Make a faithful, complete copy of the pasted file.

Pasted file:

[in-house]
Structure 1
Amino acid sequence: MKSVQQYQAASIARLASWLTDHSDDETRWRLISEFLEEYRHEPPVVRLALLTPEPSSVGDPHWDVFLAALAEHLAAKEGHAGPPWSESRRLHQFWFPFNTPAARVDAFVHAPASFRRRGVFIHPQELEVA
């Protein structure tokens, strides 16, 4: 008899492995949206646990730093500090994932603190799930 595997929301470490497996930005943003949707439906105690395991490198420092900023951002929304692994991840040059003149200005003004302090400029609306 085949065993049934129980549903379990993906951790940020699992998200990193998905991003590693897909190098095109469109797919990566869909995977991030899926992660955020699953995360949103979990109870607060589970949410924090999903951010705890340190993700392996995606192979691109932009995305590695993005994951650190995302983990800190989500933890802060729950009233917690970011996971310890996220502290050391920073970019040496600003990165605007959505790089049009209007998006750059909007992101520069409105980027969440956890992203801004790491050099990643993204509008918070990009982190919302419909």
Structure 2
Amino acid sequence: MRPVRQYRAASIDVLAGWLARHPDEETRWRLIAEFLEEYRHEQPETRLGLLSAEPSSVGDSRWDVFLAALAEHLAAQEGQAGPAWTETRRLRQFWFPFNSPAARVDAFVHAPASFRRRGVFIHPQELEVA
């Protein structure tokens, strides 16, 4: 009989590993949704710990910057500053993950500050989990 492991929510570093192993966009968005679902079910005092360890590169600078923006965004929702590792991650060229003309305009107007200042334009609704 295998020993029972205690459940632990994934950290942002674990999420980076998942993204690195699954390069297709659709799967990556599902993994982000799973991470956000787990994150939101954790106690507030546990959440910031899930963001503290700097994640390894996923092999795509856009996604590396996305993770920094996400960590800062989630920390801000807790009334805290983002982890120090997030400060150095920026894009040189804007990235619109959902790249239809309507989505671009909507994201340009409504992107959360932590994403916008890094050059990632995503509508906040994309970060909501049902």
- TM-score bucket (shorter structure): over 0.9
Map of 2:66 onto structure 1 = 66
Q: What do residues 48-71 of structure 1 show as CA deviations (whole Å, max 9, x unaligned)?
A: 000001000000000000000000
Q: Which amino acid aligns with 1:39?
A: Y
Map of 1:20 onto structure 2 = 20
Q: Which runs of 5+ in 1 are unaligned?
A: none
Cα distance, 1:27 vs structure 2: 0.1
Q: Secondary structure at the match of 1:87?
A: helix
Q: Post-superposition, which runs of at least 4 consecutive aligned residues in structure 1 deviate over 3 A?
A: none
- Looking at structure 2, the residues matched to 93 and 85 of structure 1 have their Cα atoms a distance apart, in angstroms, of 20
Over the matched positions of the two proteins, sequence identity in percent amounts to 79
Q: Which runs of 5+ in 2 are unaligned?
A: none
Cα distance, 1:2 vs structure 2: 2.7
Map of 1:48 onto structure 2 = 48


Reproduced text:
[in-house]
Structure 1
Amino acid sequence: MKSVQQYQAASIARLASWLTDHSDDETRWRLISEFLEEYRHEPPVVRLALLTPEPSSVGDPHWDVFLAALAEHLAAKEGHAGPPWSESRRLHQFWFPFNTPAARVDAFVHAPASFRRRGVFIHPQELEVA
């Protein structure tokens, strides 16, 4: 008899492995949206646990730093500090994932603190799930 595997929301470490497996930005943003949707439906105690395991490198420092900023951002929304692994991840040059003149200005003004302090400029609306 085949065993049934129980549903379990993906951790940020699992998200990193998905991003590693897909190098095109469109797919990566869909995977991030899926992660955020699953995360949103979990109870607060589970949410924090999903951010705890340190993700392996995606192979691109932009995305590695993005994951650190995302983990800190989500933890802060729950009233917690970011996971310890996220502290050391920073970019040496600003990165605007959505790089049009209007998006750059909007992101520069409105980027969440956890992203801004790491050099990643993204509008918070990009982190919302419909």
Structure 2
Amino acid sequence: MRPVRQYRAASIDVLAGWLARHPDEETRWRLIAEFLEEYRHEQPETRLGLLSAEPSSVGDSRWDVFLAALAEHLAAQEGQAGPAWTETRRLRQFWFPFNSPAARVDAFVHAPASFRRRGVFIHPQELEVA
């Protein structure tokens, strides 16, 4: 009989590993949704710990910057500053993950500050989990 492991929510570093192993966009968005679902079910005092360890590169600078923006965004929702590792991650060229003309305009107007200042334009609704 295998020993029972205690459940632990994934950290942002674990999420980076998942993204690195699954390069297709659709799967990556599902993994982000799973991470956000787990994150939101954790106690507030546990959440910031899930963001503290700097994640390894996923092999795509856009996604590396996305993770920094996400960590800062989630920390801000807790009334805290983002982890120090997030400060150095920026894009040189804007990235619109959902790249239809309507989505671009909507994201340009409504992107959360932590994403916008890094050059990632995503509508906040994309970060909501049902």
- TM-score bucket (shorter structure): over 0.9
Map of 2:66 onto structure 1 = 66
Q: What do residues 48-71 of structure 1 show as CA deviations (whole Å, max 9, x unaligned)?
A: 000001000000000000000000
Q: Which amino acid aligns with 1:39?
A: Y
Map of 1:20 onto structure 2 = 20
Q: Which runs of 5+ in 1 are unaligned?
A: none
Cα distance, 1:27 vs structure 2: 0.1
Q: Secondary structure at the match of 1:87?
A: helix
Q: Post-superposition, which runs of at least 4 consecutive aligned residues in structure 1 deviate over 3 A?
A: none
- Looking at structure 2, the residues matched to 93 and 85 of structure 1 have their Cα atoms a distance apart, in angstroms, of 20
Over the matched positions of the two proteins, sequence identity in percent amounts to 79
Q: Which runs of 5+ in 2 are unaligned?
A: none
Cα distance, 1:2 vs structure 2: 2.7
Map of 1:48 onto structure 2 = 48